Discourse-Level Language Understanding with Deep Learning
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Designing computational models that can understand language at a human level is a foundational goal in the field of natural language processing (NLP). Given a sentence, machines are capable of translating it into many different languages, generating a corresponding syntactic parse tree, marking words that refer to people or places, and much more. These tasks are solved by statistical machine learning algorithms, which leverage patterns in large datasets to build predictive models. Many recent advances in NLP are due to deep learning models (parameterized as neural networks), which bypass user-specified features in favor of building representations of language directly from the text.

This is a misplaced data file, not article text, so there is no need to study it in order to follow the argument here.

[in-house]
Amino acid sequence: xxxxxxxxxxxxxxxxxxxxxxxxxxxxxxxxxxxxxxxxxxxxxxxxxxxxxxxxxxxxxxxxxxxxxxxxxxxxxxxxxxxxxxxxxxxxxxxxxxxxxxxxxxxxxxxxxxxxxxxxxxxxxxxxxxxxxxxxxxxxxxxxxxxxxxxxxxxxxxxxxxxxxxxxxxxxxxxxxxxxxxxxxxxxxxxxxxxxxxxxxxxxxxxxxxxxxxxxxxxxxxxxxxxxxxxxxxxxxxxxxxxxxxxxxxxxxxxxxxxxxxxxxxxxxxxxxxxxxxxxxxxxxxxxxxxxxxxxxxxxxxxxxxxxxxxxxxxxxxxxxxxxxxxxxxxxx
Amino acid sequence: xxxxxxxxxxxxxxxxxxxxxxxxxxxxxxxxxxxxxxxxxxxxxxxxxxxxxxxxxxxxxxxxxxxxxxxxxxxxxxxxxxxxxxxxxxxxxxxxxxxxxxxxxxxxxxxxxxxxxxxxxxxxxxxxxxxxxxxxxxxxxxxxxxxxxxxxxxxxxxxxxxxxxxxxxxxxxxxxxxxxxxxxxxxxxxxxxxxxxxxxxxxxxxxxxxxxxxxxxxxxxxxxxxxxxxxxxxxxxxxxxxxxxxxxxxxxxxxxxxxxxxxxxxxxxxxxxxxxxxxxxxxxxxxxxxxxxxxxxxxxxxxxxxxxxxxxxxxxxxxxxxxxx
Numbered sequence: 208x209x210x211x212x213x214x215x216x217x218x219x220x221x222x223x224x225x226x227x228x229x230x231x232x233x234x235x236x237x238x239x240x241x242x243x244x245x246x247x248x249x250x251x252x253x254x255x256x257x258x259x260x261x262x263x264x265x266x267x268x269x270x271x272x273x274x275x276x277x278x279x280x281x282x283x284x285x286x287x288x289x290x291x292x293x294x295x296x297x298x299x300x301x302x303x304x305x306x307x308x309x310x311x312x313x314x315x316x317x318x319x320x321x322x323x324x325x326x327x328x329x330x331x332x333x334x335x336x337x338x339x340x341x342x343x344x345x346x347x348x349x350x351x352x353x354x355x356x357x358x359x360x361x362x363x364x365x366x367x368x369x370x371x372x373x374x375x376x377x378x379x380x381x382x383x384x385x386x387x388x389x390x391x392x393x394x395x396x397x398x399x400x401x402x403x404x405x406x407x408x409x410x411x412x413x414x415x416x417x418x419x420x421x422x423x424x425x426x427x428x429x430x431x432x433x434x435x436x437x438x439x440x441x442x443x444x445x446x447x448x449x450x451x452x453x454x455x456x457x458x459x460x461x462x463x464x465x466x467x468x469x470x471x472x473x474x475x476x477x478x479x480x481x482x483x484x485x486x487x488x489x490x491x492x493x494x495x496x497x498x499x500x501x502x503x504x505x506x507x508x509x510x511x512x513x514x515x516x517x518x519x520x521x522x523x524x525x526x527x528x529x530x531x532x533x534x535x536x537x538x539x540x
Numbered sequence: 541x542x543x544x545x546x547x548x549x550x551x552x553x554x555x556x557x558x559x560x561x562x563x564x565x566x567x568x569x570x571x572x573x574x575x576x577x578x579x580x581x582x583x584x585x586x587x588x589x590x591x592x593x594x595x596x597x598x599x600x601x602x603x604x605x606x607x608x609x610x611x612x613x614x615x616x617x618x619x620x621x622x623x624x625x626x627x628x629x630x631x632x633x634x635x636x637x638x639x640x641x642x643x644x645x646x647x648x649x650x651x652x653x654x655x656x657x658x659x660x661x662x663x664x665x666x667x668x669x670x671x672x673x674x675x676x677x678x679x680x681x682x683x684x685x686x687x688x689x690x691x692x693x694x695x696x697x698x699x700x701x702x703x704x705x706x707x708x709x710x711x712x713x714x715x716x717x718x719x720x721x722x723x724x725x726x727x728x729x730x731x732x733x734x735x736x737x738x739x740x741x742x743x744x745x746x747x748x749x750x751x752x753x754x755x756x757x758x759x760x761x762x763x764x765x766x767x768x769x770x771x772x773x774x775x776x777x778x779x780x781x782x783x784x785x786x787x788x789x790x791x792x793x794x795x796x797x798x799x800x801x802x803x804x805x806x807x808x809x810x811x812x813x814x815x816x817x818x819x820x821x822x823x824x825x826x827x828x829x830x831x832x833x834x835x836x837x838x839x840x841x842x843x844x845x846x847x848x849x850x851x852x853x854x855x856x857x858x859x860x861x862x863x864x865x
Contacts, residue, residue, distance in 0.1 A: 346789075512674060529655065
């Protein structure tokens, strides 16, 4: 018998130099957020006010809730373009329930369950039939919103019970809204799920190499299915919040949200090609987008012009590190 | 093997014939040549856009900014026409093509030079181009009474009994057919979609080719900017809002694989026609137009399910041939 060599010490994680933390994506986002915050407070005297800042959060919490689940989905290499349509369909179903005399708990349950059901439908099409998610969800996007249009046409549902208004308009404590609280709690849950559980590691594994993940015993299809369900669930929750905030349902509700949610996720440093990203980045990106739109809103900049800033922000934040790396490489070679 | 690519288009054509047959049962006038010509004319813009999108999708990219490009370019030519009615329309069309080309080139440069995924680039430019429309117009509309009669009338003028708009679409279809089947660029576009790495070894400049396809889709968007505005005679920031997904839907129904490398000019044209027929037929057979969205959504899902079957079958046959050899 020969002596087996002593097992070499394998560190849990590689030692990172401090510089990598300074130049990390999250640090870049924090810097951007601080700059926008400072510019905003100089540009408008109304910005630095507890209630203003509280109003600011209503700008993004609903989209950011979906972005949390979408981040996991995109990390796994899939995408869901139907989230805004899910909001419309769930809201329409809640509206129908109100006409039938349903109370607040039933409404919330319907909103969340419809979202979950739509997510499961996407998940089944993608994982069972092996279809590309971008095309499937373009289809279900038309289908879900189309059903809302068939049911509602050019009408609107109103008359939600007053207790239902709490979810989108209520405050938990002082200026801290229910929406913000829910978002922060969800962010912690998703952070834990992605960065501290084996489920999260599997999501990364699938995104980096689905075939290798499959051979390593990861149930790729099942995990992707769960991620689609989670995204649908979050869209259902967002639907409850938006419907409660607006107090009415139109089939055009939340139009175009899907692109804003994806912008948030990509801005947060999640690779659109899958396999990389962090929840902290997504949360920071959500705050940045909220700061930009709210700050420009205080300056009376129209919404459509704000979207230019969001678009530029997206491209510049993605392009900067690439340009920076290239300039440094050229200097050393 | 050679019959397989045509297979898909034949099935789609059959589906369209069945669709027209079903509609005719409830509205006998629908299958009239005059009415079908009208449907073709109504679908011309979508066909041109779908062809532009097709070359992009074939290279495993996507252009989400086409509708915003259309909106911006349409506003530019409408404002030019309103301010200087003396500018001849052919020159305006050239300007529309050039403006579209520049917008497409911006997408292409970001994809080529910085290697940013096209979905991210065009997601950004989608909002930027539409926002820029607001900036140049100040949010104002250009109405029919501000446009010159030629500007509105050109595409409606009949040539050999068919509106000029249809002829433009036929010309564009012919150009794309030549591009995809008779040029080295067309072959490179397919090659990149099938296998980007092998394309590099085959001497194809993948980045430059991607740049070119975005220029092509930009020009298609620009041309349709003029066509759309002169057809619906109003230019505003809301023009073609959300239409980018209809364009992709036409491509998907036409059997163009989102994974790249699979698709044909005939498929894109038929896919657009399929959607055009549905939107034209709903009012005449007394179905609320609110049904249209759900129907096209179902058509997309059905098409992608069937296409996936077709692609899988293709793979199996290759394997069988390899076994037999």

Despite many deep learning-fueled advances at the word and sentence level, however, computers still struggle to understand high-level discourse structure in language, or the way in which authors combine and order different units of text (e.g., sentences, paragraphs, chapters) to express a coherent message or narrative. Part of the reason is data-related, as there are no existing datasets for many contextual language-based problems, and some tasks are too complex to be framed as supervised learning problems; for the latter type, we must either resort to unsupervised learning or devise training objectives that simulate the supervised setting. Another reason is architectural: neural networks designed for sentence-level tasks require additional functionality, interpretability, and efficiency to operate at the discourse level. In this thesis, I design deep learning architectures for three NLP tasks that require integrating information across high-level linguistic context: question answering, fictional relationship understanding, and comic book narrative modeling. While these tasks are very different from each other on the surface, I show that similar neural network modules can be used in each case to form contextual representations.